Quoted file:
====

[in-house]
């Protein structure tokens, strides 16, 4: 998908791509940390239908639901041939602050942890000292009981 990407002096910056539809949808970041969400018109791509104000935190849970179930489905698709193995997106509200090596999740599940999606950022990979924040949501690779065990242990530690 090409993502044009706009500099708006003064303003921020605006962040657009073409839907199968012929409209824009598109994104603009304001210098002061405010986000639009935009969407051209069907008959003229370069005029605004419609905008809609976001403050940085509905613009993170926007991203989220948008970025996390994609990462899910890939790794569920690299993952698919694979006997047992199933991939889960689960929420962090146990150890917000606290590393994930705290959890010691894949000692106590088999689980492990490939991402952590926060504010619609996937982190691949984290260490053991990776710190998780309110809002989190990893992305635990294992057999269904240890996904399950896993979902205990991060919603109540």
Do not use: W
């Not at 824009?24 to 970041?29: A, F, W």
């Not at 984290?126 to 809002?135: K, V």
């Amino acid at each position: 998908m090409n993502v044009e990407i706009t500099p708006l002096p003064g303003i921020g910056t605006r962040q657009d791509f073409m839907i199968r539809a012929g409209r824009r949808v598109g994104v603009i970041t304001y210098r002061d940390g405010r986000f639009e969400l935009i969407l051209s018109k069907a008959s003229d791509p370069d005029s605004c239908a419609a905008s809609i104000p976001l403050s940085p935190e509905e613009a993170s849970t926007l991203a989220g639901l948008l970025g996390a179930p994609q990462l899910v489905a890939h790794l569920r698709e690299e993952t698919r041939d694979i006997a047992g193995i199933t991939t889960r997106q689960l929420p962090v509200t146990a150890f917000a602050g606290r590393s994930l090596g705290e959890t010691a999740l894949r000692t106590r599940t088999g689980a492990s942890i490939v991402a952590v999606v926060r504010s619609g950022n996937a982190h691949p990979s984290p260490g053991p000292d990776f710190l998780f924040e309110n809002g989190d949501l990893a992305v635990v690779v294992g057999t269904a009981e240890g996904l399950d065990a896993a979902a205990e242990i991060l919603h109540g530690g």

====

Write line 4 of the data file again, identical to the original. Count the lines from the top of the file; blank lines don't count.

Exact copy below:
């Not at 824009?24 to 970041?29: A, F, W």